Complications from PAD include acute thrombosis (occlusion from blood clot formation) and embolism, which is when thrombus (blood clot) or plaque from higher up in an artery or the heart breaks loose and lodges itself into an artery further downstream. These complications can cause sudden severe pain, limb-threatening ischemia, and gangrene and/or infection.
This can result in loss of toes or limbs. Diagnosis and management of PAD requires a thorough history and physical exam by a vascular surgeon. Occasionally, a computed tomography (CT) scan, magnetic resonance imaging (MRI) study, or arteriogram (injection of contrast dye into the arteries) is required. Treatment of symptomatic PAD may involve medical therapy along with an exercise regimen, minimally invasive (endovascular) treatment with balloon angioplasty and/or stenting, or open surgical reconstruction with a graft.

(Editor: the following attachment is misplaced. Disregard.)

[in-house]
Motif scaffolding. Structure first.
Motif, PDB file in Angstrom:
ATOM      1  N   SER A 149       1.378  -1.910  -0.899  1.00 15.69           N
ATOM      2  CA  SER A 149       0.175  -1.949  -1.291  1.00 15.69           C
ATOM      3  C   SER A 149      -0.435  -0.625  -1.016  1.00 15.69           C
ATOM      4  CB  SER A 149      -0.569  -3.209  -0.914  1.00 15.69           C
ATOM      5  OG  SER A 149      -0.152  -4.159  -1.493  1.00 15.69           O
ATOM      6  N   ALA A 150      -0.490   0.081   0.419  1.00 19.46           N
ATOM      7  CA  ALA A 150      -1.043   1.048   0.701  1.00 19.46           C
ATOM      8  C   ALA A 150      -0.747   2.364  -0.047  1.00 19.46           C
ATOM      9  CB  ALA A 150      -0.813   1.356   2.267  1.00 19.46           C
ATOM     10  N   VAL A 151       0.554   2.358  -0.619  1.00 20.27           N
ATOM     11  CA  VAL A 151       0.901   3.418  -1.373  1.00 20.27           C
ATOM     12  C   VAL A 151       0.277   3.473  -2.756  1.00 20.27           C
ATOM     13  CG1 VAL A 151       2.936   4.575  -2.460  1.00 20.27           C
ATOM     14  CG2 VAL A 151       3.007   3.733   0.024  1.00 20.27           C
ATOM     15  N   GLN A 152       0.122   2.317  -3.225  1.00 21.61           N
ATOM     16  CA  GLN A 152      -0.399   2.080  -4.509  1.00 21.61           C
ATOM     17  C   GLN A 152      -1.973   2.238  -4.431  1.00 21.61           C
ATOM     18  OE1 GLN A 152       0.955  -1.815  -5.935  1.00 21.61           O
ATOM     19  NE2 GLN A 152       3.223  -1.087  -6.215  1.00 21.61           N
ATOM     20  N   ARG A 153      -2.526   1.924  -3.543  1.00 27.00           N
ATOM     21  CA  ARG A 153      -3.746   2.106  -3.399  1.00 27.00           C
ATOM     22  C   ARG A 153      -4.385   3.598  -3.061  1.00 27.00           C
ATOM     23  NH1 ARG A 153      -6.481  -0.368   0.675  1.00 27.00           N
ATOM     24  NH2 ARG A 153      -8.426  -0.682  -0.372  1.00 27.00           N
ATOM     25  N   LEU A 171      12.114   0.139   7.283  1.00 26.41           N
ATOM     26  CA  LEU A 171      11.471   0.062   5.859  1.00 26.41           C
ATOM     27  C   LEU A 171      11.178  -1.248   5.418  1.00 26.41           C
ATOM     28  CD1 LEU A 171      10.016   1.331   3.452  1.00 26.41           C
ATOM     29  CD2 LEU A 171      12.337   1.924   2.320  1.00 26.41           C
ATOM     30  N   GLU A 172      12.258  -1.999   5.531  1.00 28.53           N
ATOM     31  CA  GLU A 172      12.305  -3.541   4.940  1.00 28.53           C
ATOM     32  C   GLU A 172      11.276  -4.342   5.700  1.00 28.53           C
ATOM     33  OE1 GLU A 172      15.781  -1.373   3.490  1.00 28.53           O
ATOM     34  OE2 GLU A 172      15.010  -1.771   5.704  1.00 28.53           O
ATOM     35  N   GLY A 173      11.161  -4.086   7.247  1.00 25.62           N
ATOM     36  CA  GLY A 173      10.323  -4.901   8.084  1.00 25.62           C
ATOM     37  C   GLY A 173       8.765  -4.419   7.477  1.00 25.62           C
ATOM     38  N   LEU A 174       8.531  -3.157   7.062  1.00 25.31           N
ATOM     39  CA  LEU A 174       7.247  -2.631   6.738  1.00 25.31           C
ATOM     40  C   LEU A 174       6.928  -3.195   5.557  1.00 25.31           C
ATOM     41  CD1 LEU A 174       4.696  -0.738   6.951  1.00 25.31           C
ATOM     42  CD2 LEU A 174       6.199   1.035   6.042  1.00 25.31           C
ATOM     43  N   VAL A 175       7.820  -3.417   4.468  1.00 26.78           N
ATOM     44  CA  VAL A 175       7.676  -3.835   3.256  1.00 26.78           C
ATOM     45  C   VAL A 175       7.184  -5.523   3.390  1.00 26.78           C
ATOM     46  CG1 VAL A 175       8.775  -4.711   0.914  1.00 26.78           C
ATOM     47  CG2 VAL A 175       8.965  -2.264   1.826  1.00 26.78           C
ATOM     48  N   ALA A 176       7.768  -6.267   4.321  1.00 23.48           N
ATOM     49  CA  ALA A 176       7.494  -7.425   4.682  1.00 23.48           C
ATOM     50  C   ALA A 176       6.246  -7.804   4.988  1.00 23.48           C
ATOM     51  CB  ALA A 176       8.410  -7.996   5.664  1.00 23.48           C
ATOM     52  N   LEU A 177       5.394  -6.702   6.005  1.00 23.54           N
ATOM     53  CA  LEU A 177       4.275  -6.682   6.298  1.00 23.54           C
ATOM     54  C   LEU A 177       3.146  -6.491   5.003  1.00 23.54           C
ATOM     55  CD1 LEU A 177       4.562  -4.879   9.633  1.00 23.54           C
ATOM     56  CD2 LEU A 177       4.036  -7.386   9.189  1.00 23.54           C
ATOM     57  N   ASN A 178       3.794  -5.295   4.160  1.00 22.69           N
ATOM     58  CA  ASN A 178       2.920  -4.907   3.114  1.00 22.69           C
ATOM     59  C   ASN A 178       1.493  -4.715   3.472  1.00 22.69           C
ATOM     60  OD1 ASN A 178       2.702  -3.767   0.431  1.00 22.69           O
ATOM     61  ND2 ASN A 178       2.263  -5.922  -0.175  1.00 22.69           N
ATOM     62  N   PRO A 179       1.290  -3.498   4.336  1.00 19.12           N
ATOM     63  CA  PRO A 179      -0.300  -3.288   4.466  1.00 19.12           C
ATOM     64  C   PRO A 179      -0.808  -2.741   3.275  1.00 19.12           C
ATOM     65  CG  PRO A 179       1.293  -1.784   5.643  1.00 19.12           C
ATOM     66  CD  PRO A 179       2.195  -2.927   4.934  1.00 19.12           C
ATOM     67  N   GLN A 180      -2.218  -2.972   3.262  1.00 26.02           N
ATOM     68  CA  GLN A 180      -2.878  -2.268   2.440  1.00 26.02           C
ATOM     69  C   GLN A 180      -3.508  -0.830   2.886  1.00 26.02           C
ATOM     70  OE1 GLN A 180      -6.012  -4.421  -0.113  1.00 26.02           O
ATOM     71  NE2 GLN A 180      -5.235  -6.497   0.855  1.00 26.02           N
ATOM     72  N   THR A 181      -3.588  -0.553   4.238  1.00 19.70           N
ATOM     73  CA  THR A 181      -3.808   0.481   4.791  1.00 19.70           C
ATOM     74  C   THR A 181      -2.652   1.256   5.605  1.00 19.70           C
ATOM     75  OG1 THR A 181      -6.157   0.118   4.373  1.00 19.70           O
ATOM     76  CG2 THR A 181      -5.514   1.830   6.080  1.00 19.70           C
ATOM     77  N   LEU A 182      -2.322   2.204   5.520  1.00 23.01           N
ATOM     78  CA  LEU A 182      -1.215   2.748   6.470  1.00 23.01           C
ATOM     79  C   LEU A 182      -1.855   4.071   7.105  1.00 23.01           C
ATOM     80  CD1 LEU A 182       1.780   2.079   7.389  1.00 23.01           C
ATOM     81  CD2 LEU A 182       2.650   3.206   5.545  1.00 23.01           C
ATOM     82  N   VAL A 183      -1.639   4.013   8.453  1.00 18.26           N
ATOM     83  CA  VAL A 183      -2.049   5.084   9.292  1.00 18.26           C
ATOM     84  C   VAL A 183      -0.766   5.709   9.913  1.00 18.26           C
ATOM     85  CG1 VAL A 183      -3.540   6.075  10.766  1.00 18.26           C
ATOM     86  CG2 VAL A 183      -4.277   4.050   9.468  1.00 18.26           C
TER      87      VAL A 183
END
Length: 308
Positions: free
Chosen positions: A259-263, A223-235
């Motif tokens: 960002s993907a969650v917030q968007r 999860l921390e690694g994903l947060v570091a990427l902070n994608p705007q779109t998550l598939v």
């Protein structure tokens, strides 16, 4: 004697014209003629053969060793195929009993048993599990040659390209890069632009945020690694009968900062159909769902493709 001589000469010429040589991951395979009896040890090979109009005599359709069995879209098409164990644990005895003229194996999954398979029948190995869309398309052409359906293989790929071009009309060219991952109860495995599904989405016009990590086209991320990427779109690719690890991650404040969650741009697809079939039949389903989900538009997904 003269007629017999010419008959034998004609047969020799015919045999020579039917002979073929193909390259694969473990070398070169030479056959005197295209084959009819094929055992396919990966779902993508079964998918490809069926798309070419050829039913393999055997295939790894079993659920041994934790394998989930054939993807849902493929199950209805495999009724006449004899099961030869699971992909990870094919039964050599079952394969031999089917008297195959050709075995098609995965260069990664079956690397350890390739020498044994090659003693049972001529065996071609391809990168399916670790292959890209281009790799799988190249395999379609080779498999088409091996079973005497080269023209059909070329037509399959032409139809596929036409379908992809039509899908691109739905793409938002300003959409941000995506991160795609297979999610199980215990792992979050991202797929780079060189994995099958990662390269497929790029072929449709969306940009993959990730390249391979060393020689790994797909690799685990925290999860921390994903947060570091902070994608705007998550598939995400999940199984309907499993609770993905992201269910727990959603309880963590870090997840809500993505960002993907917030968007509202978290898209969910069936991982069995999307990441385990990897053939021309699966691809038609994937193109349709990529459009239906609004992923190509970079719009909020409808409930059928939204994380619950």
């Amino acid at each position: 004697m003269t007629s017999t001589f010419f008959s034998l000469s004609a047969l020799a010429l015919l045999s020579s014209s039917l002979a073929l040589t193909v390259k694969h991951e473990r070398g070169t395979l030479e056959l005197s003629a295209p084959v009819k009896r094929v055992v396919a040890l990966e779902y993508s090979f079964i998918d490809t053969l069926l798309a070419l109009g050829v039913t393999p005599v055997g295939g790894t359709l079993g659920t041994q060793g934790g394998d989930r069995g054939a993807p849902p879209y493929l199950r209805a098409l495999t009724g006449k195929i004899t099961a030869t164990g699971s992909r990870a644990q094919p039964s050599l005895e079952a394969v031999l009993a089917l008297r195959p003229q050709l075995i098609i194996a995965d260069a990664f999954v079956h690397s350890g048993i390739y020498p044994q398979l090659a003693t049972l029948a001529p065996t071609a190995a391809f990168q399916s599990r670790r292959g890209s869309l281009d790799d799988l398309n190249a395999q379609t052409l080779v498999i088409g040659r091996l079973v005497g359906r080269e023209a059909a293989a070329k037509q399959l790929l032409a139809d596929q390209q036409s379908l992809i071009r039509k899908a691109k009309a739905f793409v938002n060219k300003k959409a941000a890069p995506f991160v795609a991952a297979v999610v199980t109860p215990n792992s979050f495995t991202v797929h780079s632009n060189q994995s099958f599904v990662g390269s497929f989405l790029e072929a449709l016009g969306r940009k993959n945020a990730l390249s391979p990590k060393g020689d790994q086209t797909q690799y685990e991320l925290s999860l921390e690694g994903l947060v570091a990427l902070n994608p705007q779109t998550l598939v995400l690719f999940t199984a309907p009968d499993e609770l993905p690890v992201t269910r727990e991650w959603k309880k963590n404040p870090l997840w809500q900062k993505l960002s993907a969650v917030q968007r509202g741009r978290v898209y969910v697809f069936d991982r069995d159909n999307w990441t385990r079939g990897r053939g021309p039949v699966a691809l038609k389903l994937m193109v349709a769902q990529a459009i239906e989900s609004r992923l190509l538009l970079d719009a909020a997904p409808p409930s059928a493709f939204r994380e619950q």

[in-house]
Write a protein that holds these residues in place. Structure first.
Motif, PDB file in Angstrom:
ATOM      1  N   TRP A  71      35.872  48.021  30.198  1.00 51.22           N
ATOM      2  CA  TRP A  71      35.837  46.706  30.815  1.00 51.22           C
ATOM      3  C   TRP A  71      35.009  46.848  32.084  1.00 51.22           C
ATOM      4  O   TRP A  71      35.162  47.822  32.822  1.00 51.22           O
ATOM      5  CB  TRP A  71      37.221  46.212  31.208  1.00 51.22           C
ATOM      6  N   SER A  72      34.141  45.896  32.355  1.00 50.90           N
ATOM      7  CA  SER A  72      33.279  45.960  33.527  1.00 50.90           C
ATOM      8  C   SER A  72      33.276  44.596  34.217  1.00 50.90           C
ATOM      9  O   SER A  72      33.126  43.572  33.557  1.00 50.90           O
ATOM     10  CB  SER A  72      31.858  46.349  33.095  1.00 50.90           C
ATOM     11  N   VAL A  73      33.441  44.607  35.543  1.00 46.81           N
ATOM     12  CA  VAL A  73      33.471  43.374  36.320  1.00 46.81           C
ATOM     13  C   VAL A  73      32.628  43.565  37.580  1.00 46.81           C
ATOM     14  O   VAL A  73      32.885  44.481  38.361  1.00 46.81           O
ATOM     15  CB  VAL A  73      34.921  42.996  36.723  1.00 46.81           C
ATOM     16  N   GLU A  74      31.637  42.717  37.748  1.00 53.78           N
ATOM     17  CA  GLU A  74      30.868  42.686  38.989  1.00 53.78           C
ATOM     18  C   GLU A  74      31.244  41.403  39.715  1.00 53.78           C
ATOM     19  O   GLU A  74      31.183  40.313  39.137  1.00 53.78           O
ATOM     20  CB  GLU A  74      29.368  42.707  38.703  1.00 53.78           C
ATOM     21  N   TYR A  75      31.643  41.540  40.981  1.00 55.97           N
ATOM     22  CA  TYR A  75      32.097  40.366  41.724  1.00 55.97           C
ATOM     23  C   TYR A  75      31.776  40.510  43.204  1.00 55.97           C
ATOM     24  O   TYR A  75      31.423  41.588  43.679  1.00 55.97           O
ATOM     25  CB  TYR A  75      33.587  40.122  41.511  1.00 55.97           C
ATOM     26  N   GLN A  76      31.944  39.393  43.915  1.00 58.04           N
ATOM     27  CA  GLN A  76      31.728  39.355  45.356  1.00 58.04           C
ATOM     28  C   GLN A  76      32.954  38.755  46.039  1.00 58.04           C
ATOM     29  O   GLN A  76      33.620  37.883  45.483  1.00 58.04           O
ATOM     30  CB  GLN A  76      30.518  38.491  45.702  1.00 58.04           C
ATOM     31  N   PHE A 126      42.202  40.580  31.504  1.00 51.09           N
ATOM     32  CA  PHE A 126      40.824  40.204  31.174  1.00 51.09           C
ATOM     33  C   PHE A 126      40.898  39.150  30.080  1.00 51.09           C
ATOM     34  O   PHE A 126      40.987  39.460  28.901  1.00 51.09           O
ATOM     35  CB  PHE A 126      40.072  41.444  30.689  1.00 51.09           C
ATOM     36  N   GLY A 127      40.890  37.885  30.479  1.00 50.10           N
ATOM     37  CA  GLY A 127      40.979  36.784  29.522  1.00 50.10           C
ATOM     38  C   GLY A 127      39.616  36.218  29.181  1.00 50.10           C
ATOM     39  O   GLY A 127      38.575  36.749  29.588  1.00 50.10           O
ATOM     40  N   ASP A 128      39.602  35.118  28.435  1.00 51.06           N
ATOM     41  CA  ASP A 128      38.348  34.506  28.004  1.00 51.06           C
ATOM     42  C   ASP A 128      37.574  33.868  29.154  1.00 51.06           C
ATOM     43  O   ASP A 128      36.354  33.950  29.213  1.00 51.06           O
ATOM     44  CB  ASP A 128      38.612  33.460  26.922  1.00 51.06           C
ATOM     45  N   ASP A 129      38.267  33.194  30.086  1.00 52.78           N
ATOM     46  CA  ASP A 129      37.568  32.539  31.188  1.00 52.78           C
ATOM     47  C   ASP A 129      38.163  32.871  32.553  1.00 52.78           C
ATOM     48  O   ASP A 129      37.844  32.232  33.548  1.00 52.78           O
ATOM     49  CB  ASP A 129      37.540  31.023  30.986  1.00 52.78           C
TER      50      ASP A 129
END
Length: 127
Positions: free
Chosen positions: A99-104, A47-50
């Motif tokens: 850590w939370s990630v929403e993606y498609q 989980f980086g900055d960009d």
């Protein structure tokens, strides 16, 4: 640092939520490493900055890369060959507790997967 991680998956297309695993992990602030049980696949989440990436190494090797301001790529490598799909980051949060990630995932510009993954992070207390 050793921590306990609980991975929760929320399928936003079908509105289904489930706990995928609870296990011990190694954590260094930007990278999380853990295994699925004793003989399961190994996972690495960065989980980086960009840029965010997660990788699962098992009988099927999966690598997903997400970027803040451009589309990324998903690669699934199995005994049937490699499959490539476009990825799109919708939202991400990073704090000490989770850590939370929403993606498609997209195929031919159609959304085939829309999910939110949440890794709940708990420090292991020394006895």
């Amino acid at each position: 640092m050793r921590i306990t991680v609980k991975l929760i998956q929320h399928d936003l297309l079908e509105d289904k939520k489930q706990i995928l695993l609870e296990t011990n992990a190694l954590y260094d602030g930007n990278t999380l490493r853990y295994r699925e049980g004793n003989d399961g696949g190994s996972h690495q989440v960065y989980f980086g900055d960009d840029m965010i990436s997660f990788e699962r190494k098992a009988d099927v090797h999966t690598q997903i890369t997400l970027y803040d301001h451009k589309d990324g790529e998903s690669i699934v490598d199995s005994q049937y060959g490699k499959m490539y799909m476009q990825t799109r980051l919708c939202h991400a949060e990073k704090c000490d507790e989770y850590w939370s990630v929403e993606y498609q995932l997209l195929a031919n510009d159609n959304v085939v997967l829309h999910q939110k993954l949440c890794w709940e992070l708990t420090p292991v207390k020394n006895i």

Aneurysms represent a dilation (ballooning) of the artery caused by weakening of the walls of the artery. They can occur almost anywhere in the body but most commonly occur in the abdominal aorta (known as AAA for abdominal aortic aneurysm), thoracic aorta (TAA), peripheral arteries (iliac, femoral, popliteal, subclavian), carotid arteries, and visceral arteries (splenic, renal, celiac, and hepatic).
Complications from aneurysms include rupture, which can cause life-threatening bleeding, and embolization (movement to a location further down the artery) of thrombus from within the aneurysm, which can cause limb-threatening ischemia, stroke, TIA, or endorgan injury. Management of aneurysms often requires complete evaluation of arterial system by Vascular Surgeon.
Occasionally, a computed tomography (CT) scan is required. Treatment of large or symptomatic aneurysms involves exclusion of the aneurysm by either minimally invasive (endovascular) stent graft placement, also known as EVAR for endovascular aneurysm repair, or open surgical reconstruction with a graft.
Carotid artery disease includes stenosis (narrowing), occlusion, or dissection of the carotid arteries, which can cause stroke or mini-stroke (known as TIA for transient ischemic attack). Stroke or TIA occurs from stenosis when a piece of the atherosclerotic (cholesterol) plaque that causes the stenosis breaks off (now called an embolus) and travels up to the brain where is occludes an artery that supplies a particular part of the brain.